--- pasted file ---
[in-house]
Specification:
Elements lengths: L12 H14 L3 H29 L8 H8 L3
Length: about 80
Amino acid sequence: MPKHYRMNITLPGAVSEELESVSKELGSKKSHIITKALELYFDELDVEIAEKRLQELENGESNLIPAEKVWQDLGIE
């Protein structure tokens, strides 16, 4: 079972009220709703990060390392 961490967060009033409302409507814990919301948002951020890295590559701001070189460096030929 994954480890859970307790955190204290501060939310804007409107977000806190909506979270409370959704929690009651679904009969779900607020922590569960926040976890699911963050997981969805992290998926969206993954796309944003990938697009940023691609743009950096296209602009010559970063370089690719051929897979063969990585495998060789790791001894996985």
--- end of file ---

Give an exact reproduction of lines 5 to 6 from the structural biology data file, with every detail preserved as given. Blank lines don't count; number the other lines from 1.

Amino acid sequence: MPKHYRMNITLPGAVSEELESVSKELGSKKSHIITKALELYFDELDVEIAEKRLQELENGESNLIPAEKVWQDLGIE
């Protein structure tokens, strides 16, 4: 079972009220709703990060390392 961490967060009033409302409507814990919301948002951020890295590559701001070189460096030929 994954480890859970307790955190204290501060939310804007409107977000806190909506979270409370959704929690009651679904009969779900607020922590569960926040976890699911963050997981969805992290998926969206993954796309944003990938697009940023691609743009950096296209602009010559970063370089690719051929897979063969990585495998060789790791001894996985």